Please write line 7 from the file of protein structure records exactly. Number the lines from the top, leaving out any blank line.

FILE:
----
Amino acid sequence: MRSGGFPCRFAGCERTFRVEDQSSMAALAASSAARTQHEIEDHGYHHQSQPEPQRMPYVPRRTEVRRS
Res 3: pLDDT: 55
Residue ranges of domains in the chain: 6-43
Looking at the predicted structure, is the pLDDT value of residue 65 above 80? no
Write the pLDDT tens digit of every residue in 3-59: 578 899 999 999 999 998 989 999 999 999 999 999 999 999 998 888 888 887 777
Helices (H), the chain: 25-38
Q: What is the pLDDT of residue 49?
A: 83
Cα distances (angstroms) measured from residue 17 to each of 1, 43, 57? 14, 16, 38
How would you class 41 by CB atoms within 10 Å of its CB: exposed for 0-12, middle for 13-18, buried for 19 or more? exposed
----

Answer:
Q: What is the pLDDT of residue 49?